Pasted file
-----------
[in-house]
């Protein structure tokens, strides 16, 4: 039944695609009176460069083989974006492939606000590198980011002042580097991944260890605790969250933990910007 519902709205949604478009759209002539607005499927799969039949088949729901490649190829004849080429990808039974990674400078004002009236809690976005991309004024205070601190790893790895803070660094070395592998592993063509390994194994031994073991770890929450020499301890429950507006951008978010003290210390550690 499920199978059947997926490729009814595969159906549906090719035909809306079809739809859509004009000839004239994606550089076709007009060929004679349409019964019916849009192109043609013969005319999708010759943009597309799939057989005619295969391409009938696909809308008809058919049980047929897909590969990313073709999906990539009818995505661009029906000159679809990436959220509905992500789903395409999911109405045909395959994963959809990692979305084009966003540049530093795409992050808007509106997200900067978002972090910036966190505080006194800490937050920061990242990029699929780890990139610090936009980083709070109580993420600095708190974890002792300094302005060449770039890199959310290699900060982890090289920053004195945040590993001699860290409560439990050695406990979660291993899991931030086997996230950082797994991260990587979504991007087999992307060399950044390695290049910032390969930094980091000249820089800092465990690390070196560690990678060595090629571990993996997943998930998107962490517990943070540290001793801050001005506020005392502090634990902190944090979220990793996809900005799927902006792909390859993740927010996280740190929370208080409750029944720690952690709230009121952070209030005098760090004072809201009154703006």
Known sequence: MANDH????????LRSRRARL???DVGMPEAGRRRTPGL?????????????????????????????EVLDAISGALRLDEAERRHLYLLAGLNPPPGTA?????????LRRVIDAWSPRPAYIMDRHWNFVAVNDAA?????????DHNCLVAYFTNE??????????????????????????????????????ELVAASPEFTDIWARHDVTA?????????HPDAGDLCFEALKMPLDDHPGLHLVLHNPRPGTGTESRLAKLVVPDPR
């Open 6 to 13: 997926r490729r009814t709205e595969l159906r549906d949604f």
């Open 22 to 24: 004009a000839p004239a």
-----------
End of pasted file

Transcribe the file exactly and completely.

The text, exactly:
[in-house]
């Protein structure tokens, strides 16, 4: 039944695609009176460069083989974006492939606000590198980011002042580097991944260890605790969250933990910007 519902709205949604478009759209002539607005499927799969039949088949729901490649190829004849080429990808039974990674400078004002009236809690976005991309004024205070601190790893790895803070660094070395592998592993063509390994194994031994073991770890929450020499301890429950507006951008978010003290210390550690 499920199978059947997926490729009814595969159906549906090719035909809306079809739809859509004009000839004239994606550089076709007009060929004679349409019964019916849009192109043609013969005319999708010759943009597309799939057989005619295969391409009938696909809308008809058919049980047929897909590969990313073709999906990539009818995505661009029906000159679809990436959220509905992500789903395409999911109405045909395959994963959809990692979305084009966003540049530093795409992050808007509106997200900067978002972090910036966190505080006194800490937050920061990242990029699929780890990139610090936009980083709070109580993420600095708190974890002792300094302005060449770039890199959310290699900060982890090289920053004195945040590993001699860290409560439990050695406990979660291993899991931030086997996230950082797994991260990587979504991007087999992307060399950044390695290049910032390969930094980091000249820089800092465990690390070196560690990678060595090629571990993996997943998930998107962490517990943070540290001793801050001005506020005392502090634990902190944090979220990793996809900005799927902006792909390859993740927010996280740190929370208080409750029944720690952690709230009121952070209030005098760090004072809201009154703006």
Known sequence: MANDH????????LRSRRARL???DVGMPEAGRRRTPGL?????????????????????????????EVLDAISGALRLDEAERRHLYLLAGLNPPPGTA?????????LRRVIDAWSPRPAYIMDRHWNFVAVNDAA?????????DHNCLVAYFTNE??????????????????????????????????????ELVAASPEFTDIWARHDVTA?????????HPDAGDLCFEALKMPLDDHPGLHLVLHNPRPGTGTESRLAKLVVPDPR
């Open 6 to 13: 997926r490729r009814t709205e595969l159906r549906d949604f």
């Open 22 to 24: 004009a000839p004239a």